Mobilization and acquisition of sparingly soluble P-sources by Brassica cultivars under P-starved environment I. differential growth response, P-efficiency characteristics and P-remobilization

Muhammad Shahbaz Akhtar, Yoko Oki, Tadashi Adachi

Research output: Contribution to journalArticlepeer-review

12 Citations (Scopus)


Phosphorus (P) starvation is highly notorious for limiting plant growth around the globe. To combat P-starvation, plants constantly sense the changes in their environment, and elicit an elegant myriad of plastic responses and rescue strategies to enhance P-solublization and acquisition from bound soil P-forms. Relative growth responses, P-solublization and P-acquisition ability of 14 diverse Brassica cultivars grown with sparingly soluble P-sources (Rock-P (RP) and Ca3(PO4)2 (TCP)) were evaluated in a solution culture experiment. Cultivars showed considerable genetic diversity in terms of biomass accumulation, concentration and contents of P and Ca in shoots and roots, P-stress factor (PSF) and P use efficiency. Cultivars showed variable P-stress tolerance, and cultivars depicting low PSF and high P-efficiency values were better adaptable to P-starvation. In experiment 2, after initial feeding on optimum nutrition for 12 d after transplanting (DAT), class-I (low P-tolerant (Oscar and Con-II)) and class-II (low P-sensitive (Gold Rush and RL-18)) cultivars were exposed to P-free environment for 25 d. All of the cultivars remobilized P from above ground parts to their roots during growth in P-free environment, the magnitude of which was variable in tested cultivars. P-concentrations ([P]s) at 37 DAT were higher in developing compared with developed leaves. Translocation of absorbed P from metabolically inactive to active sites in P-stressed plants may have helped class-I cultivars to establish a better rooting system, which provided a basis for enhanced P-utilization efficiency (PUE) and tolerance against P-stress. By supplying TCP and RP spatially separated from other nutrients in split root study, class-I cultivars were still able to mobilize RP and TCP more efficiently compared with class-II cultivars. To compare the growth behavior under P-stress, cultivars were grown in pots for 41 d after sowing, using a soil low in P (NaHCO3-extractable P = 3.97 mg/kg, Mehlich-III-extractable P = 6.13 mg/kg) with (+P = 60 mg P/kg soil) or without P addition (0P) in study 4. Tested cultivars showed genetic diversity in PUE, P-efficiency (PE), P-efficiency ratio (PER) and PSF. P-stress markedly reduced biomass and plant P contents. Cultivars that produced higher root biomass accumulated higher total P-contents (r= 0.98**), which in turn was related negatively to PSF (r=-0.95**) and positively to shoot and total biomass. PER and PE showed significant correlations with shoot P-contents and biomass. Cultivars depicting high PUE and PE, and low PSF values showed better growth behavior under low soil P-environment. Systematic analysis and deployment of the plant rescue traits underlying the nutrient acquisition, assimilation, utilization and remobilization under P-starvation will bring more sparingly soluble P into cropping systems and will help to scavenge more P from plant unavailable bound P reserves.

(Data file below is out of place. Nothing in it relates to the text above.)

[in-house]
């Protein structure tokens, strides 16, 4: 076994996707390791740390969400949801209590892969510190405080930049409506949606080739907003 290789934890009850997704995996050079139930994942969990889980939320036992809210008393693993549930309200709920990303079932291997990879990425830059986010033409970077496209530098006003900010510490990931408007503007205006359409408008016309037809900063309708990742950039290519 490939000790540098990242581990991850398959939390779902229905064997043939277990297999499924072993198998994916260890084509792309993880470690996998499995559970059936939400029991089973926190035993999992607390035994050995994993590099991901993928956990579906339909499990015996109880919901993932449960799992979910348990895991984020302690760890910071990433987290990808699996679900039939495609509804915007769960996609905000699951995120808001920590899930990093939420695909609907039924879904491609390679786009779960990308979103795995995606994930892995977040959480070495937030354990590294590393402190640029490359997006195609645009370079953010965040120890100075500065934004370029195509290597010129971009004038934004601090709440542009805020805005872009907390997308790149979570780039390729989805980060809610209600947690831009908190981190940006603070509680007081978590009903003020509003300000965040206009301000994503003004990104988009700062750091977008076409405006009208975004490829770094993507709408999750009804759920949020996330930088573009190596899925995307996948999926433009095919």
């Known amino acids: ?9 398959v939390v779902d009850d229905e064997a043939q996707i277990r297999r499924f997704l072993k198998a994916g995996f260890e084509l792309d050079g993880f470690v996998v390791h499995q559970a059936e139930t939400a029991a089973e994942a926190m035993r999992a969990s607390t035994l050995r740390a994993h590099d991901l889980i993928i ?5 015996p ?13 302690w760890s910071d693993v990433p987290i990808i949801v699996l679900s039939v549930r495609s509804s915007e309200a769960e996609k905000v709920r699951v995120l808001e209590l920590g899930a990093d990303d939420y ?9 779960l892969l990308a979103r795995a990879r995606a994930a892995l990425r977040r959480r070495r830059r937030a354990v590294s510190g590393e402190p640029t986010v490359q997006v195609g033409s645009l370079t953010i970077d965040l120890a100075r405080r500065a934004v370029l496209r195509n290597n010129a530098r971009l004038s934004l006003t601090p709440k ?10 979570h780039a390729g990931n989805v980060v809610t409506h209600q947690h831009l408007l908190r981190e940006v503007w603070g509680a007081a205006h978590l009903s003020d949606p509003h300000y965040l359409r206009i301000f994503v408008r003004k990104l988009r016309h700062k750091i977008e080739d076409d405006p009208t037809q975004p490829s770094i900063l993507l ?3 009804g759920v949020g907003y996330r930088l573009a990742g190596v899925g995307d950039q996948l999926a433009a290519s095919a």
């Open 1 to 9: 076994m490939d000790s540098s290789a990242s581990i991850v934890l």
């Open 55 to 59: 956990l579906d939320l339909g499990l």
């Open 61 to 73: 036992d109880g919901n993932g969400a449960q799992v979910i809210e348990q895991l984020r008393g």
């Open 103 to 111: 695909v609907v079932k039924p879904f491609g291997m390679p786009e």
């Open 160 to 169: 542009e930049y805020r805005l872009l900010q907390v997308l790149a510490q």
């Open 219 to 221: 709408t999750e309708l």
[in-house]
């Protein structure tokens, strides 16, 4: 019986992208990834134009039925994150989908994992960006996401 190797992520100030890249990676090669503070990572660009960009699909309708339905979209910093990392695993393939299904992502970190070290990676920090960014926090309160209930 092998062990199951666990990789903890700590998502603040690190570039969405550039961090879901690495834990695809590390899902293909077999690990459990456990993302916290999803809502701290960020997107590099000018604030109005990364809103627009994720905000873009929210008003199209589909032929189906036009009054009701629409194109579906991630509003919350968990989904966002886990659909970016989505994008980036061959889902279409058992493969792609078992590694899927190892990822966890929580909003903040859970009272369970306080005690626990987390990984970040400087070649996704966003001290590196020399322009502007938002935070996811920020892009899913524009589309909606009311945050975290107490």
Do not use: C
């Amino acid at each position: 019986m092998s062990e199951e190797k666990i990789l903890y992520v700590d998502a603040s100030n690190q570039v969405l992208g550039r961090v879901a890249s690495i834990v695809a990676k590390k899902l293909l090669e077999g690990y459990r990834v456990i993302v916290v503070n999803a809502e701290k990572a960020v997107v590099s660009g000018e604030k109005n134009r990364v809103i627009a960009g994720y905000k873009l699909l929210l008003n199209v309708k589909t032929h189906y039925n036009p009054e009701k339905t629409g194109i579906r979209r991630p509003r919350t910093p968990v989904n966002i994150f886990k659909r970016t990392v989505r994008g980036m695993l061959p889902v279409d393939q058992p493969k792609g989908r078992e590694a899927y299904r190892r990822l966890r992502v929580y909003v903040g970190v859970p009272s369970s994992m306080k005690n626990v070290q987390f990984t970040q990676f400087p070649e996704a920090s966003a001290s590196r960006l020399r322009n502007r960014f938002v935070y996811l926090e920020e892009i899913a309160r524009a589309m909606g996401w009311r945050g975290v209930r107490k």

Original languageEnglish
Pages (from-to)1008-1023
Number of pages16
JournalJournal of Integrative Plant Biology
Issue number11
Publication statusPublished - Nov 1 2009


  • Brassica
  • Ca(PO)
  • P-remobilization
  • P-stress
  • P-stress factor
  • P-use efficiency
  • Rock phosphate

ASJC Scopus subject areas

  • Biochemistry
  • Biochemistry, Genetics and Molecular Biology(all)
  • Plant Science


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